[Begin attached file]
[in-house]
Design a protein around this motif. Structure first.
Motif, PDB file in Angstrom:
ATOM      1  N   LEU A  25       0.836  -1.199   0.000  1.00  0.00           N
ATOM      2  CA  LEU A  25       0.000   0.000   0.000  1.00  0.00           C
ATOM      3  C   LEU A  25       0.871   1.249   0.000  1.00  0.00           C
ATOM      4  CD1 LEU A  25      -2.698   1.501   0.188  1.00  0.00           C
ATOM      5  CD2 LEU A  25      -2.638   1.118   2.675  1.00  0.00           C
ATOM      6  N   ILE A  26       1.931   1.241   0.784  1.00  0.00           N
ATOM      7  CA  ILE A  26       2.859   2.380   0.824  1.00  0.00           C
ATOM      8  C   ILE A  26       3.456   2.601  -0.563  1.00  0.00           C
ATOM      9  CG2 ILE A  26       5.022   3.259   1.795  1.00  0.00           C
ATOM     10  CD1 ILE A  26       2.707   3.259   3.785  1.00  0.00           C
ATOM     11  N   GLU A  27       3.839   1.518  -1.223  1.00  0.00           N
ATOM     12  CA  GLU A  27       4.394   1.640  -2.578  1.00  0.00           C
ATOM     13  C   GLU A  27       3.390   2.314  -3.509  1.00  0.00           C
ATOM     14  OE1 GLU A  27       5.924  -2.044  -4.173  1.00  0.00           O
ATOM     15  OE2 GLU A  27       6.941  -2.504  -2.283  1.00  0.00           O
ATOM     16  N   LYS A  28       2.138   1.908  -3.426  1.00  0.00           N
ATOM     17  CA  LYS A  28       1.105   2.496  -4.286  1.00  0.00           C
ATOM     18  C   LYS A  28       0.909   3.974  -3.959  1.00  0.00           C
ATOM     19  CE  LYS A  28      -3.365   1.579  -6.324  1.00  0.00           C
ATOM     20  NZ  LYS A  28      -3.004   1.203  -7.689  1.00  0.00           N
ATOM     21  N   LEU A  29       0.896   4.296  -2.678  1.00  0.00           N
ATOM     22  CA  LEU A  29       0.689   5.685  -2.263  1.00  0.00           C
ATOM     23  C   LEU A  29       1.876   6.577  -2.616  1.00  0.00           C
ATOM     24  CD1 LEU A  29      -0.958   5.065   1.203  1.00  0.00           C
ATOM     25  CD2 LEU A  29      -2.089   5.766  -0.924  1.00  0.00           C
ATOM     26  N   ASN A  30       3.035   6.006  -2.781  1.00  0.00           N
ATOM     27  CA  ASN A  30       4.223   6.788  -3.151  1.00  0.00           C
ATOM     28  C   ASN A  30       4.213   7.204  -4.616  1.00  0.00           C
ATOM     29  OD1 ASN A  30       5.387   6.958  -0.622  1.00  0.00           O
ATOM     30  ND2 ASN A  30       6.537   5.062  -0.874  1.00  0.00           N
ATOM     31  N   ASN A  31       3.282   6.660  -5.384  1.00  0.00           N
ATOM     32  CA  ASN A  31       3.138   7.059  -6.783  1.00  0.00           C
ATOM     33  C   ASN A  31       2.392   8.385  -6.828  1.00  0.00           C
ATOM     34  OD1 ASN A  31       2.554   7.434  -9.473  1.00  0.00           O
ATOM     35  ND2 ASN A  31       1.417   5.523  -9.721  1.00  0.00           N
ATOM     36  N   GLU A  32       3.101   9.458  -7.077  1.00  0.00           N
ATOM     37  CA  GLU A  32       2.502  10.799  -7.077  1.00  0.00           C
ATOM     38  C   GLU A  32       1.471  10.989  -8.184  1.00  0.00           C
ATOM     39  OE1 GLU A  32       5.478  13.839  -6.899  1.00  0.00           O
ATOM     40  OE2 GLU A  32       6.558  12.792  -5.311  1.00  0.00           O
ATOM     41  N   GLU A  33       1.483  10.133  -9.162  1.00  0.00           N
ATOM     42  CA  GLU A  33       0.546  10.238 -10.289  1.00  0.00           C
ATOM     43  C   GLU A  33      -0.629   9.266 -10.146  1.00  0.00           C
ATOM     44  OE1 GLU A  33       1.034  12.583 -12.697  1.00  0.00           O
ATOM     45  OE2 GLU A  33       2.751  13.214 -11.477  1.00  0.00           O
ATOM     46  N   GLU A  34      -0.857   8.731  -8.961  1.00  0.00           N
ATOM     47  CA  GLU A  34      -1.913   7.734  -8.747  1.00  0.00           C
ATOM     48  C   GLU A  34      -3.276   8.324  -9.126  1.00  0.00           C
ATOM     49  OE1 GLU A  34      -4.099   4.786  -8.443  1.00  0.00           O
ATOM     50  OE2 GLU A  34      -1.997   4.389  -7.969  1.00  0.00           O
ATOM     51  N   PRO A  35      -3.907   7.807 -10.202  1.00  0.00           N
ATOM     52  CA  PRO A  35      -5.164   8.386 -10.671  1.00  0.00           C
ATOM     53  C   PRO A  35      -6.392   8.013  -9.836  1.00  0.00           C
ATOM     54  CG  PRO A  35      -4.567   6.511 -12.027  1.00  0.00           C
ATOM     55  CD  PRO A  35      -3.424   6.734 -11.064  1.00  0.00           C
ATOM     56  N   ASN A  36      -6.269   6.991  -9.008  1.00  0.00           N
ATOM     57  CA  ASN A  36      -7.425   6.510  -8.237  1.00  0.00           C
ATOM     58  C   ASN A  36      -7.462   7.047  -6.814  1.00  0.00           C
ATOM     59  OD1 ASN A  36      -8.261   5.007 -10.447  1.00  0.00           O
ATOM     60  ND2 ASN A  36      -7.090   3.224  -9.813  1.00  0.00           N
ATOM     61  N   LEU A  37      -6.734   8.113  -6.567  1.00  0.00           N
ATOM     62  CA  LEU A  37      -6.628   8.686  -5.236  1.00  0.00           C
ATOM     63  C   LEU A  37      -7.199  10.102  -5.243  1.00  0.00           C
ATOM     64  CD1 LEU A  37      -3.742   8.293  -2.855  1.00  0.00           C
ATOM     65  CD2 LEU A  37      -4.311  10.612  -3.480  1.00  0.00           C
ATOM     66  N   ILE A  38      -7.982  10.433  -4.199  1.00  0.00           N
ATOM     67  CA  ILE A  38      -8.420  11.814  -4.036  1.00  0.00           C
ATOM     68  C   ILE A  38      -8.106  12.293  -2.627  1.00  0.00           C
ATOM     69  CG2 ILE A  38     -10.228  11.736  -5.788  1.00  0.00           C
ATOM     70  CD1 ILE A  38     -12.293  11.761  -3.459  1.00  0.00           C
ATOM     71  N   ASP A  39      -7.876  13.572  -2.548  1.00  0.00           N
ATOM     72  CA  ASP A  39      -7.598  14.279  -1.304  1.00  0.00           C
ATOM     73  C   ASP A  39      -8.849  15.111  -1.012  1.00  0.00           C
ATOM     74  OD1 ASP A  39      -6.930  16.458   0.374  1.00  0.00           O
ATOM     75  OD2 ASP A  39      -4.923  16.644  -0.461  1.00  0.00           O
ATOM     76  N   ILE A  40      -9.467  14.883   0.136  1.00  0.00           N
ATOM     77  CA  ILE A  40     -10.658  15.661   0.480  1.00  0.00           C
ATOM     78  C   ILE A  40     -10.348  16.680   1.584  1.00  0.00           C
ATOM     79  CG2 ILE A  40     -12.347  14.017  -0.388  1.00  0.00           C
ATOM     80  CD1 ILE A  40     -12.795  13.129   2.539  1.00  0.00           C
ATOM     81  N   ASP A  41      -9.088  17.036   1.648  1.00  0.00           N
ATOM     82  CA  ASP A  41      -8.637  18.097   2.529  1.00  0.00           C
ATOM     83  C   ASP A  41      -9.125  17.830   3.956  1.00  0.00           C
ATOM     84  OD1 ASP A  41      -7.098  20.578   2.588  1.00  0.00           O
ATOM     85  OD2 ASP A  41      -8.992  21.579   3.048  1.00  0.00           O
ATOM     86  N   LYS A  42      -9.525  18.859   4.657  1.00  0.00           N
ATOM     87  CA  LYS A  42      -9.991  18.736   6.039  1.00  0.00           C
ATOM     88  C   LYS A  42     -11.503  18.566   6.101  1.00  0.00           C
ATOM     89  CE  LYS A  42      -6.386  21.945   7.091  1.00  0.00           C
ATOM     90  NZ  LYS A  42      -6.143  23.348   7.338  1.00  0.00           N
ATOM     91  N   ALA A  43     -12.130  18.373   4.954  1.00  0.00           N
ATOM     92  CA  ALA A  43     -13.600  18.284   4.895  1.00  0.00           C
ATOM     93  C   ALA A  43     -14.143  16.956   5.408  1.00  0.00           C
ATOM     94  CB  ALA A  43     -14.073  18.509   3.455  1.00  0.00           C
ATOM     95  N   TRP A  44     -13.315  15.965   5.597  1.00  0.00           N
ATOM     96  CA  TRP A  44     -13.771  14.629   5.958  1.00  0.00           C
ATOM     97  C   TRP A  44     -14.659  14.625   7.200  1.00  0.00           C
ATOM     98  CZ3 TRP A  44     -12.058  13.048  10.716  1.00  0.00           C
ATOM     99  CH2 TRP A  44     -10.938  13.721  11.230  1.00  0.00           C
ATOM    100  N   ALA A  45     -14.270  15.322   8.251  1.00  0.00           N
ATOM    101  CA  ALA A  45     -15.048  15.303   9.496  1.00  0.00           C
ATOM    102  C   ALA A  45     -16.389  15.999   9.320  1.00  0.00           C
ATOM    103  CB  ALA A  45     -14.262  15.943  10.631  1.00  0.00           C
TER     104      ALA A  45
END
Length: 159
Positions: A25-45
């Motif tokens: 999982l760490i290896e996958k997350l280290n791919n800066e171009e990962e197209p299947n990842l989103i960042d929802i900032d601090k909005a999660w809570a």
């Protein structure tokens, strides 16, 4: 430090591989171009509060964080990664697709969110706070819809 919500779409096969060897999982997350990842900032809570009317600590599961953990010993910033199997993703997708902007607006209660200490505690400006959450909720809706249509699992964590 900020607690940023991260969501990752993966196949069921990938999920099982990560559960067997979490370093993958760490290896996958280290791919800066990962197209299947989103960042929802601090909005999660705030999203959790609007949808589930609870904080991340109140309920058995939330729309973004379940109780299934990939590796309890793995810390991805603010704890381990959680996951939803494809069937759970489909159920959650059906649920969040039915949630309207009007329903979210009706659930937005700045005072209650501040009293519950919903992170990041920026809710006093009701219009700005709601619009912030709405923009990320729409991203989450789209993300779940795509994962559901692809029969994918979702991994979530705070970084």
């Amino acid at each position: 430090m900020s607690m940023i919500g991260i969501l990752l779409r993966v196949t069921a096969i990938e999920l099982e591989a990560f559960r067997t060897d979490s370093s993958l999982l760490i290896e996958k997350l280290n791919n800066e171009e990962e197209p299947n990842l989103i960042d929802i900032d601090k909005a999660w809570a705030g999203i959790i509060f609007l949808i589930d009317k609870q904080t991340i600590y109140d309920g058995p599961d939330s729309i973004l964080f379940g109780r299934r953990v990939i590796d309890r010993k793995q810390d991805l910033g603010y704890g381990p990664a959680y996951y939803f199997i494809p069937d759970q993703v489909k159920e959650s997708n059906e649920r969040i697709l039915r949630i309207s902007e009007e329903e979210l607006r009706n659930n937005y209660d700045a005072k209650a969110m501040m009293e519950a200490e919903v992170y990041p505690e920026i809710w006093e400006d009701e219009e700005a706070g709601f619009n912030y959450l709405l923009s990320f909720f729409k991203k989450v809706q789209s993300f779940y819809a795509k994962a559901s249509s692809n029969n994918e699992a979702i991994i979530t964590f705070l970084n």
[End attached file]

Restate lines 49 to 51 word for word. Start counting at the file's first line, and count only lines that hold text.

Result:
ATOM     46  N   GLU A  34      -0.857   8.731  -8.961  1.00  0.00           N
ATOM     47  CA  GLU A  34      -1.913   7.734  -8.747  1.00  0.00           C
ATOM     48  C   GLU A  34      -3.276   8.324  -9.126  1.00  0.00           C